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India can do without an unsafe quadricycle, says Venu Srinivasan

Murali Gopalan | Updated on March 12, 2018 Published on December 05, 2014

Venu Srinivasan, Chairman and Managing Director of TVS Motor Company Ltd   -  N SRIDHARAN

TVS Motor chief says a “vulnerable and unfit” four wheel alternative should not be launched.



Venu Srinivasan, Chairman and Managing Director of TVS Motor Company, believes that a quadricycle as a mobility solution will do little in improving road safety and emissions.

“It is true that three-wheelers are less safe and also have higher emissions than cars. But the answer then is to introduce a new class of vehicles which are very safe and low in emissions and not what is currently defined as a quadricycle,” he says.

According to Srinivasan, the current definition is a “retrograde step” and the Government could, consequently, miss an important opportunity to make Indian roads and environment safer. “In this backdrop, it seems surprising that someone actually wants to launch a quadricycle that is less safe and more polluting,” he says.

Changing norms

Srinivasan draws attention to the time the Centre, under the Ministry of Surface Transport, set up a committee under the chairmanship of Dinesh Tyagi to frame norms for the quadricycle. These were apparently set at around 30 per cent lower than four-wheelers but distinctly better than those existing for three-wheelers.

“Surprisingly, though, the Government ignored the recommendations and put out a new set of norms that were aligned largely to three-wheelers,” Srinivasan says. In short, he adds, the Tyagi committee report set the standards which were subsequently diluted rather blatantly.

“That the Government should set up an expert panel and then subvert its recommendations themselves is strange. What motivated them to do this is puzzling to say the least,” he says.

From Srinivasan’s point of view, this is “astonishing” especially when there is a new Motor Vehicles Act in place which prescribes a host of safety measures for cars/two-wheelers and imposes stiff punishments for violations.

“Why then should this country legislate a vehicle with 1980s safety norms? It is not in the best interest of our society,” he says. The answer, according to him, lies in upgrading three-wheelers to meet emission and safety norms instead of getting regressive.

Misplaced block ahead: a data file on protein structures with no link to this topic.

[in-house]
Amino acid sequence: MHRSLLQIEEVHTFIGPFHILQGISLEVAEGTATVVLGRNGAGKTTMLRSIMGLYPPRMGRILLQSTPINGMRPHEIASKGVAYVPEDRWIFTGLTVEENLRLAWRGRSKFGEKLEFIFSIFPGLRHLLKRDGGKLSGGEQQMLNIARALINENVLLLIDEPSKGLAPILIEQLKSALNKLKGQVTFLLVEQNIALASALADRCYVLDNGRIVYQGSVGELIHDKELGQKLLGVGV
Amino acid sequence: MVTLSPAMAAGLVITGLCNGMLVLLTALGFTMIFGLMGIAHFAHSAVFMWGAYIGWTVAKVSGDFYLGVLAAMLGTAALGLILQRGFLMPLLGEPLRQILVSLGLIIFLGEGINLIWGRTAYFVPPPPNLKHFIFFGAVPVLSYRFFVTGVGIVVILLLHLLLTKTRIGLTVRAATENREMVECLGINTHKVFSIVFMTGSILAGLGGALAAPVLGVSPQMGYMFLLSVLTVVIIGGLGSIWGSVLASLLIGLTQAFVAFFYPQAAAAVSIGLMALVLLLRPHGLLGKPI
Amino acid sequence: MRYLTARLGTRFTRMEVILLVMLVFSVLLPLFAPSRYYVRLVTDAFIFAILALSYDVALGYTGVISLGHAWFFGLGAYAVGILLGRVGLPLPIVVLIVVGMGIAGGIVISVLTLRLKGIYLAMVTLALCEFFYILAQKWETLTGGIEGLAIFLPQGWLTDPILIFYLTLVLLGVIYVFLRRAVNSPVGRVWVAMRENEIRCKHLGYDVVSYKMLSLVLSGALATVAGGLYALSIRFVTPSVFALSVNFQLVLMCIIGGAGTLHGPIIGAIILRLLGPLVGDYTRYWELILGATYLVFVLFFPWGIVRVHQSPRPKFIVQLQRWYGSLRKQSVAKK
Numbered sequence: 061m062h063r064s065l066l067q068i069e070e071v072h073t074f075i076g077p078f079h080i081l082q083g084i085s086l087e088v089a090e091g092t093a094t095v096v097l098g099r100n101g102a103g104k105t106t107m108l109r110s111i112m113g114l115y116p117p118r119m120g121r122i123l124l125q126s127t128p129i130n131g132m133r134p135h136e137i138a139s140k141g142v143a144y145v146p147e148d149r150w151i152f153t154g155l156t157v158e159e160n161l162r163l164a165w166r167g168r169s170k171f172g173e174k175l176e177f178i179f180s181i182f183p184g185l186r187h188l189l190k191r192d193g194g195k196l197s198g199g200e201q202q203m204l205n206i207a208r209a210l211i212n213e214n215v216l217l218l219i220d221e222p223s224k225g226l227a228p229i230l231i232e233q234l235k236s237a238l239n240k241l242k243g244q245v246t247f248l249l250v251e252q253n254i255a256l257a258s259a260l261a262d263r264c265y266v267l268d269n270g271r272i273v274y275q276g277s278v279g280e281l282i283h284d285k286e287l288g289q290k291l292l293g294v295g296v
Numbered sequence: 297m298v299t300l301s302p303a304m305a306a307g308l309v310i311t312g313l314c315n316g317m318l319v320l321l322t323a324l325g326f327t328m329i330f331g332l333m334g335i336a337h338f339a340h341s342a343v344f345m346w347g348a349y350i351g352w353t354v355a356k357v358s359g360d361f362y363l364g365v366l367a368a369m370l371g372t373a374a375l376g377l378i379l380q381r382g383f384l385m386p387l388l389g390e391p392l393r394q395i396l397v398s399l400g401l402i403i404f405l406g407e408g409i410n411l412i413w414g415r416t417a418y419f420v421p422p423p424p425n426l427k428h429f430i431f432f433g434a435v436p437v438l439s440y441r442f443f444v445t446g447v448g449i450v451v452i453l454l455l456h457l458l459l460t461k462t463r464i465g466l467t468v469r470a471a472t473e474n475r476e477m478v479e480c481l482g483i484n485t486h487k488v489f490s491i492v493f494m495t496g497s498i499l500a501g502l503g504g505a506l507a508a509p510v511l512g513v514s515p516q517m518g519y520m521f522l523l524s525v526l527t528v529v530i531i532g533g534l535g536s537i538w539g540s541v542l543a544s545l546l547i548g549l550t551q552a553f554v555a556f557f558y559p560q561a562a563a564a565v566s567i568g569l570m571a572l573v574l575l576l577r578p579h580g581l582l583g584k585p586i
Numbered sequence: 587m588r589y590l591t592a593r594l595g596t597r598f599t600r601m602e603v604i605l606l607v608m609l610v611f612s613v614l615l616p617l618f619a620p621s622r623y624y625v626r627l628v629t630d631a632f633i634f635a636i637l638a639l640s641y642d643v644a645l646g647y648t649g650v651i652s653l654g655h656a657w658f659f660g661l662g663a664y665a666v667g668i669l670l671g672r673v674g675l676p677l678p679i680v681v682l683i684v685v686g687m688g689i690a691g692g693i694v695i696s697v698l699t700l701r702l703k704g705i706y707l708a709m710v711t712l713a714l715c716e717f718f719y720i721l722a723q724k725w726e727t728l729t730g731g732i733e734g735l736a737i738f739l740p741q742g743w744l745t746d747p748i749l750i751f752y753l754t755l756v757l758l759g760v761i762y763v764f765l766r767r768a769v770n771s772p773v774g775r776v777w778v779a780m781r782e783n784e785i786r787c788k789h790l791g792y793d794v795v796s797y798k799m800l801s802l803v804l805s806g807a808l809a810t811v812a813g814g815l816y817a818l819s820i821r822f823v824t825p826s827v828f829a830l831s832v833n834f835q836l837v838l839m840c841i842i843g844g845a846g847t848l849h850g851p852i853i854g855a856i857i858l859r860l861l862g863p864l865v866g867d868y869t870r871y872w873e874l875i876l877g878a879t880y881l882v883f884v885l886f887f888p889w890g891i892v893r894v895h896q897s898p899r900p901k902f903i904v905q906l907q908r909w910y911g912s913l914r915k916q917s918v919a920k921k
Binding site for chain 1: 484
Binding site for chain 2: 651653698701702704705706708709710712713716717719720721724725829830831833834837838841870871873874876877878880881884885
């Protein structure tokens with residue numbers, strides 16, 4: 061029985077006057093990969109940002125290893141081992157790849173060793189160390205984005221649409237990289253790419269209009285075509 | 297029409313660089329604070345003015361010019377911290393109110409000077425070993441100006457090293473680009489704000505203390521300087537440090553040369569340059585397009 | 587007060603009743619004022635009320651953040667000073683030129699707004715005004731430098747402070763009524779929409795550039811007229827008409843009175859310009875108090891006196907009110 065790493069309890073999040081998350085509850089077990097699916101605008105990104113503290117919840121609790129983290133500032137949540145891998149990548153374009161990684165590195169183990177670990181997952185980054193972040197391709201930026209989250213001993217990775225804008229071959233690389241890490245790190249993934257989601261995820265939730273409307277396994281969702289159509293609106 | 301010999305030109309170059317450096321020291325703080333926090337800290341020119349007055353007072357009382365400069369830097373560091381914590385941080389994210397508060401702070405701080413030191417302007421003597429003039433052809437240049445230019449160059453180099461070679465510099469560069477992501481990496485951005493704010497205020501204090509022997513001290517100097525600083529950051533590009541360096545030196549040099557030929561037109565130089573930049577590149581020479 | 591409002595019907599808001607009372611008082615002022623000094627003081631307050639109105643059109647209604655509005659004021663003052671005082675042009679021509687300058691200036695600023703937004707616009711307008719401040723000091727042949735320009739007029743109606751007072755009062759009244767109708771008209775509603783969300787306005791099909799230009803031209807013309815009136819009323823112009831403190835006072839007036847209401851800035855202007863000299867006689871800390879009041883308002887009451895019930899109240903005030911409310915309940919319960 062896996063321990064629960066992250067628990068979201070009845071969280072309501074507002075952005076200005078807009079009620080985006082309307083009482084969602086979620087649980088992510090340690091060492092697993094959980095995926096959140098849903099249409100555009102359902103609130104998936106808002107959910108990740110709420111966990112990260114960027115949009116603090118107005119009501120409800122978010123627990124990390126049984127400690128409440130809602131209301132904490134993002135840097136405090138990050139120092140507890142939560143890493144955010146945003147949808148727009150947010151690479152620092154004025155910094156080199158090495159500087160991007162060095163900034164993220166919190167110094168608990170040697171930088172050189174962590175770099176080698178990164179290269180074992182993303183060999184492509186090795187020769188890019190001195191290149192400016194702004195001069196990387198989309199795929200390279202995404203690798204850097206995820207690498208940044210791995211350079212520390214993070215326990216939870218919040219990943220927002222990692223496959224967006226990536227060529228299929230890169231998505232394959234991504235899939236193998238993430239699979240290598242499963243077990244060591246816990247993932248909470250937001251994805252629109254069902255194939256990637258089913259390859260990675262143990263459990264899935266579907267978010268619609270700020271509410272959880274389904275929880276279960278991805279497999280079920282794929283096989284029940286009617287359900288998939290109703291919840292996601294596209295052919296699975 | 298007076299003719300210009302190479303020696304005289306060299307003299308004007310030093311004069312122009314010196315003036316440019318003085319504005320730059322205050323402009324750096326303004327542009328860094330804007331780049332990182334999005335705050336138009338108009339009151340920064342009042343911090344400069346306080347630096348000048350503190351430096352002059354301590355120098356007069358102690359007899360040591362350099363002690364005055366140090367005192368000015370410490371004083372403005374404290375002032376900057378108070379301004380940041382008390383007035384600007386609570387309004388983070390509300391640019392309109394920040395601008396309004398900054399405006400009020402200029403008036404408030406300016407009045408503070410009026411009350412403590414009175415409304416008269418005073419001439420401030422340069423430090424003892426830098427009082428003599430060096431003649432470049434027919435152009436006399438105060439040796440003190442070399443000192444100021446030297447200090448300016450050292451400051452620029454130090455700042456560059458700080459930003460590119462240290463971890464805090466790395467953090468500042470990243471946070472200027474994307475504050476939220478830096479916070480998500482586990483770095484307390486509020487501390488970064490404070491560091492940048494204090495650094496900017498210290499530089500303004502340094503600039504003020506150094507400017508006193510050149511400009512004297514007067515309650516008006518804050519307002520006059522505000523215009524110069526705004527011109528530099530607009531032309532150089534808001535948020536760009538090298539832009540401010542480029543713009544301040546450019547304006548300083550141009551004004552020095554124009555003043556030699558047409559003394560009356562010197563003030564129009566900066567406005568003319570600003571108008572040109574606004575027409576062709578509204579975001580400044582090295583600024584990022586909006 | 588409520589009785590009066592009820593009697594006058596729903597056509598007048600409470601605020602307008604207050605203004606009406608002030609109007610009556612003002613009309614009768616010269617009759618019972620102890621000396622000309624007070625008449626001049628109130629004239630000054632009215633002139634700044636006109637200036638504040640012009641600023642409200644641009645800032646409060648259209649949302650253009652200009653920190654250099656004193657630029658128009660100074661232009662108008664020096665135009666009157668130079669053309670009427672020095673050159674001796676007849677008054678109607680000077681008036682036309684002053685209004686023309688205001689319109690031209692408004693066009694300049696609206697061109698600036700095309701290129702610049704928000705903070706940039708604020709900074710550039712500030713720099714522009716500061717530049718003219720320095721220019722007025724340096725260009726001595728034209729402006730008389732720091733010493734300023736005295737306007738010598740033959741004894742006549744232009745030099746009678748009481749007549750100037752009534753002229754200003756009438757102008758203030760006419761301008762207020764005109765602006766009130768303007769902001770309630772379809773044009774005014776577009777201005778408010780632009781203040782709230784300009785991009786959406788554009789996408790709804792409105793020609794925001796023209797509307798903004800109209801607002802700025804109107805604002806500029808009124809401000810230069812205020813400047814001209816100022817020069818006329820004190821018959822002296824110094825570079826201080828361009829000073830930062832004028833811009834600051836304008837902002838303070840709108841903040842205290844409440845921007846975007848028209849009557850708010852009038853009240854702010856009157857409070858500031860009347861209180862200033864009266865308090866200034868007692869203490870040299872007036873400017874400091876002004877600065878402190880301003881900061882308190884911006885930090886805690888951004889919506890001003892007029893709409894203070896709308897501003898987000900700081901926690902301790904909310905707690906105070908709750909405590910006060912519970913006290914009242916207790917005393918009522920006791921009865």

“If this vehicle is launched as a commercial mode of transport and later enters the personal use space, it would cause grievous harm to society,” Srinivasan cautions. According to him, quadricycles have higher fatalities than cars across the world. One could be moving at 30kmph but cannot do much if a bus or truck knocks the vehicle on the side and it is completely crumpled as a result. “Eventually, the risk comes from a heavier vehicle hitting a lighter one as is the case with most Indian cities where we see this happening ever so often,” Srinivasan says.

It is also impossible to ensure exclusive space for lighter vehicles simply because there are not enough roads. “There is no justification to introduce something as vulnerable and unfit as a quadricycle in this chaotic ecosystem,” he adds.

Clearing the air

Srinivasan reiterates that, contrary to common perception, TVS Motor does not have a vested interest in the quadricycle project. “I would like to say that we do not have a quadricycle planned at this point in time,” he says. Solutions are eventually about “public interest and not narrow private interests”. Srinivasan maintains that his views are just not about a particular product’s use being debated but in ensuring that the best solutions are in place for the benefit of society. Indian manufacturers are more than equipped to rise to the challenge and present appropriate solutions.

“The country can certainly do without a cheap and unsafe alternative when we should be moving ahead towards safer, low-emission vehicles,” he says. Any form of urban transport ought to be defined with the future in mind and not an incremental improvement on the past “as in this case”.

Greener solutions

The need of the hour, he adds, is to promote lighter urban vehicles for the future with high safety and low emissions especially with cities are getting increasingly congested. “India should be looking at ultra low emission vehicles like electric hybrids or pure electric vehicles with speeds of 50 kmph,” Srinivasan says.

It is equally imperative for manufacturers to be proactive with mobility solutions. As a result, “we need to be ahead of the Government and show them the way” in framing appropriate policies.

“Manufacturers should take cognisance of society and not end up becoming retrograde. Therefore, make airbags mandatory as also helmets if you need to save lives,” Srinivasan says. India is changing rapidly with people opting for a host of mobility solutions as the pressure on public transport increases. This only means that there is a need to have a cohesive environment and safety roadmap for the future.

“After all, we are still lagging behind the world on these issues. For instance, the particulate matter in India is 20 times average global levels and has doubled over the last five years,” Srinivasan says. Delhi is often cited as the benchmark for emissions since the time compressed natural gas became mandatory a decade ago but the air quality in the city is still far worse than Beijing’s.

Refreshed rules

”In conclusion, I must reiterate that the Government must revisit the proposed rules for quadricycles and align them close to M1 or car category of vehicles. This would be in the best interests of society and in line with the the new Motor Vehicles Act,” Srinivasan says.

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Published on December 05, 2014
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